Summary: The Palm Pre matches the iPhone for touchscreen innovation, offering a user interface whose gesture and multi-touch capability make for a genuinely finger-friendly phone. The physical keyboard is handy, if you can get to grips with its tiny keys, but the App Catalog needs some serious attention
Pros: Clear, vivid display; responsive touchscreen; useful physical keyboard; well-designed, beautiful user interface; Synergy app brings together contacts from the cloud; comfortable to hold and make calls with; good connectivity, including 3G, Wi-Fi, Bluetooth and GPS.
Cons: Keyboard may be too small for some; short battery life; apps can be sluggish to load and phone is slow to boot; no memory-expansion slot; no on-screen keyboard; shelves are bare in the App Catalog.
Summary: Despite some missing features and performance issues that make it less than ideal for on-the-go professionals, the Palm Pre offers gadget lovers and consumers well-integrated features and unparalleled multitasking capabilities. The hardware could be better, but more importantly, Palm has developed a solid OS that not only rivals the competition but also sets a new standard in the way smartphones handle tasks and manage information.
Pros: The Palm Pre's multitasking capabilities and notifications system are unparalleled. The smartphone features a vibrant display with multitouch functionality as well as a solid Web browser and good multimedia integration. The Pre offered good call quality and wireless options include 3G, Wi-Fi, Bluetooth, and GPS.
Cons: The Pre's keyboard is cramped. Battery life drains quickly, and the smartphone can be sluggish at times. Lacks expansion slot, video-recording capabilities, onscreen keyboard, and Flash support. The Pre App Catalog is still in beta with a limited number of titles.
Conclusion: The Palm Pre is the sexiest handset since the iPhone—and it also marks the dawn of a major new smartphone platform. Although it lacks third-party apps and has some battery life issues, it's much more fun than any other phone Sprint offers.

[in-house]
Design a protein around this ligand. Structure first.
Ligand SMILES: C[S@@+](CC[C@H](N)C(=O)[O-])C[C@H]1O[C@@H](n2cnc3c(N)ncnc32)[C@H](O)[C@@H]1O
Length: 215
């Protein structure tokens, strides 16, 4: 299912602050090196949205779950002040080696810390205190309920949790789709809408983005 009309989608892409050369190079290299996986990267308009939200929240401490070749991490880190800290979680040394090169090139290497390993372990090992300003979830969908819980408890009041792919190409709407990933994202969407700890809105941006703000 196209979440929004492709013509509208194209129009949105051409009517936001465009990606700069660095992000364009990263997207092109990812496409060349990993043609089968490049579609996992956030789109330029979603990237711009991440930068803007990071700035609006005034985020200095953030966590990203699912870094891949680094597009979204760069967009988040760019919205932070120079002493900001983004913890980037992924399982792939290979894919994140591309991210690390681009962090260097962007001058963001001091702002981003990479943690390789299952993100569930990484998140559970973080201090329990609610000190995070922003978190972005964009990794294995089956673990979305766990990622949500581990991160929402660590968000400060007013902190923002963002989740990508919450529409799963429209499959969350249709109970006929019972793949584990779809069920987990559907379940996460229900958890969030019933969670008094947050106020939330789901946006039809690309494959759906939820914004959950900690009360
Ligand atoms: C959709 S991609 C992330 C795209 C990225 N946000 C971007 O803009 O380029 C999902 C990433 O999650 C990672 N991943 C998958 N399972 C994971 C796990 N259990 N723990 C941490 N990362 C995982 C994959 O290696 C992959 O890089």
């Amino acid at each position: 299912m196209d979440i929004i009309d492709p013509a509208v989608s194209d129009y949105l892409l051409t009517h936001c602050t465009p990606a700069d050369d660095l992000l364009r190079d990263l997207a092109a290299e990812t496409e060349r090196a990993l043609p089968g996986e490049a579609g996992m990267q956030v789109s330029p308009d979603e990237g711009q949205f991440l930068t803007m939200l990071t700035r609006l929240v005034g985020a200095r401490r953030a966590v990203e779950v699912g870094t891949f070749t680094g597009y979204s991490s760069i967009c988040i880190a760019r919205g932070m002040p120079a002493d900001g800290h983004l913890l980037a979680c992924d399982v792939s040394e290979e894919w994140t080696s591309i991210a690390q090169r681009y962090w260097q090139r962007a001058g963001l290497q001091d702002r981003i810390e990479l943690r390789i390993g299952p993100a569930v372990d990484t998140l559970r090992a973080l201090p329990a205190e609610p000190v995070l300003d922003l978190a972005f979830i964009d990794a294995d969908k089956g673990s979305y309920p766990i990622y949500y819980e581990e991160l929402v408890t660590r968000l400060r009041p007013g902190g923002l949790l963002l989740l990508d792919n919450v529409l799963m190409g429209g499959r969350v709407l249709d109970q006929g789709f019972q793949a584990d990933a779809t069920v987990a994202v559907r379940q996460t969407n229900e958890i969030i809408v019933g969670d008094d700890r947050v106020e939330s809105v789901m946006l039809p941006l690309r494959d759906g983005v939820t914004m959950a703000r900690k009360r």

Pros: Excellent design. Very cool interface. Synergy feature consolidates e-mail, contacts, and calendars. Syncs with iTunes just like an iPod.
Cons: Very few third-party apps at launch. So-so reception. Short standby battery life. Limited IM apps.
Conclusion: Palm has put together perhaps the best assault on iPhone supremacy we’ve seen yet. A series of unique additions make the phone stand out from and even trump the iPhone in some ways. A hard QWERTY keyboard and the ability to run multiple apps simultaneously stand out as the most potent arrows piercing Apple’s armor. But don’t consider the iPhone slayed just yet.
Pros: QWERTY keyboard; functional touch screen; polished interface; good camera; fast connectivity
Cons: Some lag in WebOS; app store is still growing; slightly sloppy sliding mechanism
Summary: We've seen many smart phones come and go since the original iPhone, and the $199 Palm Pre is the first device we've tested whose user interface not only matches up well to Apple's offering, but also beats it in some areas. The Pre isn't just cool and fun to use; its highly integrated approach to calendars, contacts, and messaging, the way it elegantly multitasks, and makes apps and notifications accessible across the device change the game.
Excerpt: Apple must feel its rivals breathing down its neck. Unsubtle hints that it might take legal action against Palm suggest a certain loss of cool in Cupertino, and you can see why. Palm put Jon Rubinstein, a former Apple man, in charge of its do-or-die smartphone launch, and the outcome is not bad at all. The touch-sensitive screen glides vertically upwards to reveal a full qwerty keyboard, which is otherwise concealed within a frame more diminutive than that of the iPhone.